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530

A Textbook of Machine Design

B.M. at C,
MCV = RAV 150 = 2296 150 = 344 400 N-mm
B.M. at D,
MDV = RBV 100 = 574 100 = 57 400 N-mm
The B.M. diagram for vertical loading is shown in Fig. 14.8 (e).
Now considering horizontal loading at D. Let RAH and RBH be the reactions at the bearings A and
B respectively. We know that
RAH + RBH = 9550 N
Taking moments about A, we get
RBH 750 = 9550 (750 100) = 9550 650

RBH = 9550 650 / 750 = 8277 N


and
RAH = 9550 8277 = 1273 N
We know that B.M. at A and B,
MAH = MBH = 0
B.M. at C,
MCH = RAH 150 = 1273 150 = 190 950 N-mm
B.M. at D,
MDH = RBH 100 = 8277 100 = 827 700 N-mm
The B.M. diagram for horizontal loading is shown in Fig. 14.8 ( f ).
We know that resultant B.M. at C,
MC =

( M CV ) 2 + ( M CH ) 2 =

(344 400) 2 + (190 950) 2

= 393 790 N-mm


and resultant B.M. at D,
MD =

( M DV ) 2 + ( M DH ) 2 =

(57 400) 2 + (827 700) 2

= 829 690 N-mm


The resultant B.M. diagram is shown in Fig. 14.8 (g). We see that the bending moment is
maximum at D.
Maximum bending moment,
M = MD = 829 690 N-mm
Let
d = Diameter of the shaft.
We know that the equivalent twisting moment,
Te =

M2 + T2 =

(829 690) 2 + (716 103 ) 2 = 1096 103 N-mm

We also know that equivalent twisting moment (Te),

1096 103 =
d3 =
54 d 3 = 10.6 d 3
16
16

d 3 = 1096 103/10.6 = 103.4 103


or

d = 47 say 50 mm Ans.

14.12 Shafts Subjected to Fluctuating Loads


In the previous articles we have assumed that the shaft is
subjected to constant torque and bending moment. But in actual
practice, the shafts are subjected to fluctuating torque and
bending moments. In order to design such shafts like line shafts
and counter shafts, the combined shock and fatigue factors
must be taken into account for the computed twisting
moment (T ) and bending moment (M ). Thus for a shaft

Crankshaft

Shafts

531

subjected to combined bending and torsion, the equivalent twisting moment,


( K m M ) 2 + ( Kt + T ) 2

Te =
and equivalent bending moment,
Me =

1
2

K M +
m

( K m M ) 2 + ( K t T ) 2

where

Km = Combined shock and fatigue factor for bending, and


Kt = Combined shock and fatigue factor for torsion.
The following table shows the recommended values for Km and Kt.
Table 14.2. Recommended values for K m and K t.
Nature of load

Km

Kt

1. Stationary shafts
(a)

Gradually applied load

1.0

1.0

(b)

Suddenly applied load

1.5 to 2.0

1.5 to 2.0

2. Rotating shafts
(a)

Gradually applied or
steady load

1.5

1.0

(b)

Suddenly applied load

1.5 to 2.0

1.5 to 2.0

2.0 to 3.0

1.5 to 3.0

with minor shocks only


(c)

Suddenly applied load


with heavy shocks

Example 14.12. A mild steel shaft transmits 20 kW at 200 r.p.m. It carries a central load of 900
N and is simply supported between the bearings 2.5 metres apart. Determine the size of the shaft, if
the allowable shear stress is 42 MPa and the maximum tensile or compressive stress is not to exceed
56 MPa. What size of the shaft will be required, if it is subjected to gradually applied loads?
Solution. Given : P = 20 kW = 20 103 W ; N = 200 r.p.m. ; W = 900 N ; L = 2.5 m ;
= 42 MPa = 42 N/mm2 ; b = 56 MPa = 56 N/mm2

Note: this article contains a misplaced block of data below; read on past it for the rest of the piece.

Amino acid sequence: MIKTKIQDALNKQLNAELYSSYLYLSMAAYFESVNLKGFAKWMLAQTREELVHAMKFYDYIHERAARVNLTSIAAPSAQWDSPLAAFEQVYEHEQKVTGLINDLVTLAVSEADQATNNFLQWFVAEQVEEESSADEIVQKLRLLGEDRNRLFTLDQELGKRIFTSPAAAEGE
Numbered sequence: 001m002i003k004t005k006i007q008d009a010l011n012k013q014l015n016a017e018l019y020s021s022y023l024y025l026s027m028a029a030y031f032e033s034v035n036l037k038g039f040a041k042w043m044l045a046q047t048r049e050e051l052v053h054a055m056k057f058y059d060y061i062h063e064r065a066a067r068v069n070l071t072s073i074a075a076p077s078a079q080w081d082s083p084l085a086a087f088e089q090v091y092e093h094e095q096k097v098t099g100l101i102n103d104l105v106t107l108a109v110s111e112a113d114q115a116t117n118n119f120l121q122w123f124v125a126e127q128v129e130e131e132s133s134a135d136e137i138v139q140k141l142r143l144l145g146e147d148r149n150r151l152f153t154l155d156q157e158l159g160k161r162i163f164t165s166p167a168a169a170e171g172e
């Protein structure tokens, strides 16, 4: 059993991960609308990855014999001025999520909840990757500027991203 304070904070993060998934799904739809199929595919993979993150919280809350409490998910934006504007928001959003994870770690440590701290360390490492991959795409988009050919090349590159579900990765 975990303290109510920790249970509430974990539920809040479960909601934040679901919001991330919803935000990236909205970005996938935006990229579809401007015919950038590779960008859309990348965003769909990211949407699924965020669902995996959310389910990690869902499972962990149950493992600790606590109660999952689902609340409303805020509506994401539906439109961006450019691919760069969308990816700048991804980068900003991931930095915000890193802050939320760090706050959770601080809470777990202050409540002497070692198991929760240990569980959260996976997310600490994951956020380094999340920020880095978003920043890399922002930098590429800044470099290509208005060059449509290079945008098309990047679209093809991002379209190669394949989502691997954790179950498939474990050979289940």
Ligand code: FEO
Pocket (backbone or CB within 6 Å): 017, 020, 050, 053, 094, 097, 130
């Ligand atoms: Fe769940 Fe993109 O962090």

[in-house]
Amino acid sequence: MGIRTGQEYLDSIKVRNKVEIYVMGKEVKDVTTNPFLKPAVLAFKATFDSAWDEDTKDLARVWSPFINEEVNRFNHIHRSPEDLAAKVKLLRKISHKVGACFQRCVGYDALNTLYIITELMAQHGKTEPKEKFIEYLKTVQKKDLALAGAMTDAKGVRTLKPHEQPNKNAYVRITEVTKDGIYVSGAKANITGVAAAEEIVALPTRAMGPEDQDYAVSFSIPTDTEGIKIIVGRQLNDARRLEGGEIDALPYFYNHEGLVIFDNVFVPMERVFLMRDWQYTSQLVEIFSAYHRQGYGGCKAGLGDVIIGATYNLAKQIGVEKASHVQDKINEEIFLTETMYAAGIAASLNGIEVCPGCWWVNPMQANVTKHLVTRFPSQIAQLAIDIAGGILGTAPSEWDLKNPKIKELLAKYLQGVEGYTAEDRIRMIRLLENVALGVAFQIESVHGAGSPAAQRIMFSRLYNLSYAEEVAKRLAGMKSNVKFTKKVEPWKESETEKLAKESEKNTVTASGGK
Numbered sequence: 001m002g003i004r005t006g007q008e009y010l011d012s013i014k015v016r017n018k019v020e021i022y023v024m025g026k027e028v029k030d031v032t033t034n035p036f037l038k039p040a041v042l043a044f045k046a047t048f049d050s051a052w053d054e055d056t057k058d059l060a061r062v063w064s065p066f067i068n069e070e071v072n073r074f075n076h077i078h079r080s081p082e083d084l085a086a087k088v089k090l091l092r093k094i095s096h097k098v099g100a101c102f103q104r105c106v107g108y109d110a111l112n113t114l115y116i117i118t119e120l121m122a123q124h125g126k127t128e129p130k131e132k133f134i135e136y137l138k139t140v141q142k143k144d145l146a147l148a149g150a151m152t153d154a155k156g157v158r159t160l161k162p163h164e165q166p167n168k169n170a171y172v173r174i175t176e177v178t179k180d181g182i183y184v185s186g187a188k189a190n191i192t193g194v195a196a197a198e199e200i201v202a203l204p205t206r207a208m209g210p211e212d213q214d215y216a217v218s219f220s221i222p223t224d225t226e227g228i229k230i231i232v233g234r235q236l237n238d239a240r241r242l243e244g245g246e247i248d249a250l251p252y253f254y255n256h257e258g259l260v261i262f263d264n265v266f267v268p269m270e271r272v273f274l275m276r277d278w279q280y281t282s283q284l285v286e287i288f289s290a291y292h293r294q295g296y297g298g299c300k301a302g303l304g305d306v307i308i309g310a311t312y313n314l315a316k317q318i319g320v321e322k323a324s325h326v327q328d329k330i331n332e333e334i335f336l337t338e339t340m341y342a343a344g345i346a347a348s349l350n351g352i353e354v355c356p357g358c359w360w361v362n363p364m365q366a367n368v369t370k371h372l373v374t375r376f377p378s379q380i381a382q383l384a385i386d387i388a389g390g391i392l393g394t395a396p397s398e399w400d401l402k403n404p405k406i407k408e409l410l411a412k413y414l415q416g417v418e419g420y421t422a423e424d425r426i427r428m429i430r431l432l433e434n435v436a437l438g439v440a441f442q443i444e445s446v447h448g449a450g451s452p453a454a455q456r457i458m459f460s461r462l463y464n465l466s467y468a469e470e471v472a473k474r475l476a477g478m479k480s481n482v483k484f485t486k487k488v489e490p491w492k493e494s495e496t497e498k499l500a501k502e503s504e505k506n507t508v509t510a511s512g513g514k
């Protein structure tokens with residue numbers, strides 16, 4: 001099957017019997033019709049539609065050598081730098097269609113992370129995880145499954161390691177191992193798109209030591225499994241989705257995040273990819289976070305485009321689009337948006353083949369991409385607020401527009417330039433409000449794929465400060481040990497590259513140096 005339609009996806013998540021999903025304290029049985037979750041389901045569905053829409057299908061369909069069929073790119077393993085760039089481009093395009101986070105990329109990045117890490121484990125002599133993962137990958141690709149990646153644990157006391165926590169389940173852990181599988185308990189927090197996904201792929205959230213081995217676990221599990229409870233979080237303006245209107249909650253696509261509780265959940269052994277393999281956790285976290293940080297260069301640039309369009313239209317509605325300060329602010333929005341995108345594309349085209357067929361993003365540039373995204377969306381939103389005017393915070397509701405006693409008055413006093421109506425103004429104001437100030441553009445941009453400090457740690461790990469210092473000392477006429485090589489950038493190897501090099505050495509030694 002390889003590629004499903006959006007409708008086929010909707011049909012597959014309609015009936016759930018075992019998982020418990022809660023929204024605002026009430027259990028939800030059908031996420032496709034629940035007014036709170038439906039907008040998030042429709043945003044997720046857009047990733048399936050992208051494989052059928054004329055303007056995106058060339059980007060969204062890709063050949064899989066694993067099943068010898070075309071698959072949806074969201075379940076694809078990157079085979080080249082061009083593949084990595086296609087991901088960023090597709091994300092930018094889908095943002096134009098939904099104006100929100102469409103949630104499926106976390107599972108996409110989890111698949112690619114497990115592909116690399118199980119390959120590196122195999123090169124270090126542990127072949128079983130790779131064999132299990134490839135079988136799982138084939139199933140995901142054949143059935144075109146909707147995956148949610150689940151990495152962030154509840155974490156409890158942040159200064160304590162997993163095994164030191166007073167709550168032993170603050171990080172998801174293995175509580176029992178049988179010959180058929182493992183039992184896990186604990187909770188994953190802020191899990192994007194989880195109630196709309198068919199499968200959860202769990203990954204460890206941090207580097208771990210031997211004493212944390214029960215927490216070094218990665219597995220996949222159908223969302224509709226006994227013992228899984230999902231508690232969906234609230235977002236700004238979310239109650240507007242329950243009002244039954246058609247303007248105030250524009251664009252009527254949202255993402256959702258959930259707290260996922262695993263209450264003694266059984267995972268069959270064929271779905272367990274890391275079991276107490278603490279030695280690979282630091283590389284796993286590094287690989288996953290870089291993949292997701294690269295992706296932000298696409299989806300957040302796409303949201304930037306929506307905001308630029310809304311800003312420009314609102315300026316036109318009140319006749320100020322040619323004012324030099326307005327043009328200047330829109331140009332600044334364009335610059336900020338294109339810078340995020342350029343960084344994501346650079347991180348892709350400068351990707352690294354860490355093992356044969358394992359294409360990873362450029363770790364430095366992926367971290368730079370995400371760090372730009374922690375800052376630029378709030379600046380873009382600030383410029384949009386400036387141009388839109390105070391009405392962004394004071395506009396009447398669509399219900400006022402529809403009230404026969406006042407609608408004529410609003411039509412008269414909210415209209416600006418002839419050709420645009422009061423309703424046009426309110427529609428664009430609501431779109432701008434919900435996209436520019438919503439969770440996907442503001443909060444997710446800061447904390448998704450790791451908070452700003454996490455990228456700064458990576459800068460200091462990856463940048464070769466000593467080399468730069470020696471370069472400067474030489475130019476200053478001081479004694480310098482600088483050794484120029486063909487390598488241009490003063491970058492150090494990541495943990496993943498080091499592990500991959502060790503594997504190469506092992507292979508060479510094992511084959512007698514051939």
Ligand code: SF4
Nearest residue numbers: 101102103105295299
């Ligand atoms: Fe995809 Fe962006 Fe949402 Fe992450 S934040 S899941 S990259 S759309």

Size of the shaft
Let
d = Diameter of the shaft, in mm.
We know that torque transmitted by the shaft,

P 60 20 103 60
=
= 955 N-m = 955 103 N-mm
2 N
2 200
and maximum bending moment of a simply supported shaft carrying a central load,
W L 900 2.5
=
M =
= 562.5 N-m = 562.5 103 N-mm
4
4
We know that the equivalent twisting moment,
T =

M 2 + T 2 = (562.5 103 )2 + (955 103 )2


= 1108 103 N-mm
We also know that equivalent twisting moment (Te),
Te =

d3 =
42 d 3 = 8.25 d 3
16
16
= 1108 103 / 8.25 = 134.3 103 or d = 51.2 mm

1108 103 =

d3

532

A Textbook of Machine Design

We know that the equivalent bending moment,


2
2
Me = 12 M + M + T =
=

1
2

1
2

( M + Te )

(562.5 103 + 1108 103 ) = 835.25 103 N-mm

We also know that equivalent bending moment (Me),

b d 3 =
56 d 3 = 5.5 d 3
32
32

d 3 = 835.25 103 / 5.5 = 152 103 or d = 53.4 mm


Taking the larger of the two values, we have
d = 53.4 say 55 mm Ans.
Size of the shaft when subjected to gradually applied load
Let
d = Diameter of the shaft.
From Table 14.2, for rotating shafts with gradually applied loads,
Km = 1.5 and Kt = 1
We know that equivalent twisting moment,

835.25 103 =

( K m M )2 ( Kt T )2

Te =

(1.5 562.5 103 ) 2 + (1 955 103 ) 2 = 1274 103 N-mm

We also know that equivalent twisting moment (Te),

d3 =
42 d 3 = 8.25 d 3
16
16
d 3 = 1274 103 / 8.25 = 154.6 103 or d = 53.6 mm

1274 103 =

We know that the equivalent bending moment,


Me =

1
2

K M +
m

( K m + M ) 2 + ( K t T ) 2 =

1
2

1.5 562.5 103 + 1274 103 = 1059 103 N-mm

1
2

[K m M

+ Te ]

We also know that equivalent bending moment (Me),

b d 3 =
56 d 3 = 5.5 d 3
32
32
d 3 = 1059 103 / 5.5 = 192.5 103 = 57.7 mm

1059 103 =

Taking the larger of the two values, we have


d = 57.7 say 60 mm Ans.
Example 14.13. Design a shaft to transmit power from an electric motor to a lathe head stock
through a pulley by means of a belt drive. The pulley weighs 200 N and is located at 300 mm from the
centre of the bearing. The diameter of the pulley is 200 mm and the maximum power transmitted is
1 kW at 120 r.p.m. The angle of lap of the belt is 180 and coefficient of friction between the belt and
the pulley is 0.3. The shock and fatigue factors for bending and twisting are 1.5 and 2.0 respectively.
The allowable shear stress in the shaft may be taken as 35 MPa.
Solution. Given : W = 200 N ; L = 300 mm ; D = 200 mm or R = 100 mm ;
P = 1 kW = 1000 W ; N = 120 r.p.m. ; = 180 = rad ; = 0.3 ; Km = 1.5 ; Kt = 2 ;
= 35 MPa = 35 N/mm2
The shaft with pulley is shown in Fig. 14.9.